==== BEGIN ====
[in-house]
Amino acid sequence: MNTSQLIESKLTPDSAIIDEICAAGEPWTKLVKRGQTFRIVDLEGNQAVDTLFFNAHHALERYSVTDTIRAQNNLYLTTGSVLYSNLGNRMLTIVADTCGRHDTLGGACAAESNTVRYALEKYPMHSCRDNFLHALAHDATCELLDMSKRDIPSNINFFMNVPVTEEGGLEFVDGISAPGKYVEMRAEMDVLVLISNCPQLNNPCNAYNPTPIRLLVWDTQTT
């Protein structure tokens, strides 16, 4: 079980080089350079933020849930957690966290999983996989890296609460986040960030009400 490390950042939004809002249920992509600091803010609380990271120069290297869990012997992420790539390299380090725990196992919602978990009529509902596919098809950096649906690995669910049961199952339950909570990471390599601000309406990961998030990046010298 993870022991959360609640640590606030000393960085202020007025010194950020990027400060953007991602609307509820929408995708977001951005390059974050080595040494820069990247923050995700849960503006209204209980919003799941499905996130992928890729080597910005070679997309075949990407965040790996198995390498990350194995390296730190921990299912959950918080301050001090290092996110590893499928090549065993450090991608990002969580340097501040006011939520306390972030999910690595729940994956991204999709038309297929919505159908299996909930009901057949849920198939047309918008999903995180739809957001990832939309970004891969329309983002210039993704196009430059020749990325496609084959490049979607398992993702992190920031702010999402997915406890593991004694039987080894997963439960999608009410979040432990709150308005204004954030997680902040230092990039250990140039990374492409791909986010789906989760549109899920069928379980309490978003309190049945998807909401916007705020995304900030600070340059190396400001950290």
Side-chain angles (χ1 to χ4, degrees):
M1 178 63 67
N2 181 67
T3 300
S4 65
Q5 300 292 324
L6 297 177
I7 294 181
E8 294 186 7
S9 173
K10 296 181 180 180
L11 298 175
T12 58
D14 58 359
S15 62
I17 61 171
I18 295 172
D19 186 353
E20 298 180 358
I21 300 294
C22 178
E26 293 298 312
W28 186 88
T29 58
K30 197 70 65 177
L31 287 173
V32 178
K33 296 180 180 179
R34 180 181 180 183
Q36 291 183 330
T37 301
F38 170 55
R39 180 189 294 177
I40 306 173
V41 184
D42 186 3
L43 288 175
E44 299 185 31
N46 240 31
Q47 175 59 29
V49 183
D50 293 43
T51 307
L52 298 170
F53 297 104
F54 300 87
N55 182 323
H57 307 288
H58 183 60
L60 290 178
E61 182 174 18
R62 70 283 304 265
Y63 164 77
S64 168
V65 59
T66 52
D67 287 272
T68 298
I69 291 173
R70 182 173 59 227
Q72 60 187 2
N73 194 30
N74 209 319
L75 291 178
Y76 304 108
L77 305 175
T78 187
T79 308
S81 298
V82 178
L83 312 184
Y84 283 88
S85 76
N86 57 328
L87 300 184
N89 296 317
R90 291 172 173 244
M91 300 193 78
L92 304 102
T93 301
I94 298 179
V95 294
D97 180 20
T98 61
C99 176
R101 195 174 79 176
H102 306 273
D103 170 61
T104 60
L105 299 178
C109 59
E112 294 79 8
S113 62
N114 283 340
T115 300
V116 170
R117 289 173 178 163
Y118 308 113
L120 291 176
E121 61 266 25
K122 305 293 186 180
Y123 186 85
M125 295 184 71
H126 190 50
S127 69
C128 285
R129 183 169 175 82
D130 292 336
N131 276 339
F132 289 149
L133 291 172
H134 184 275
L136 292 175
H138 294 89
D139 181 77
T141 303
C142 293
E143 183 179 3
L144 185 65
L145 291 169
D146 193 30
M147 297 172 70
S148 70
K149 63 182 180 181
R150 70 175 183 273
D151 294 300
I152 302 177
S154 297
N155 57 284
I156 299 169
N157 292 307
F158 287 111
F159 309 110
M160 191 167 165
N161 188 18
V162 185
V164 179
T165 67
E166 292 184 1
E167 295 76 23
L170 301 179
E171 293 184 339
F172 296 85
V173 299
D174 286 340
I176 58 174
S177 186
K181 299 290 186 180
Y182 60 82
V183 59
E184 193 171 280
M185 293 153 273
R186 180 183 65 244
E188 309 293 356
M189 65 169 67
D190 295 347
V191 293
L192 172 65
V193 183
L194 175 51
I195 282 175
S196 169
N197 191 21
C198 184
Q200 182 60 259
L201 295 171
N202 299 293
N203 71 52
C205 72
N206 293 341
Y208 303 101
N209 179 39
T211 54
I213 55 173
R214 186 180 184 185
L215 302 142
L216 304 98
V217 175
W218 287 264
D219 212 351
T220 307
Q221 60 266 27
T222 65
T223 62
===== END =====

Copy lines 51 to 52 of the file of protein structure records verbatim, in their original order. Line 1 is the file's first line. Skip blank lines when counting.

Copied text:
H57 307 288
H58 183 60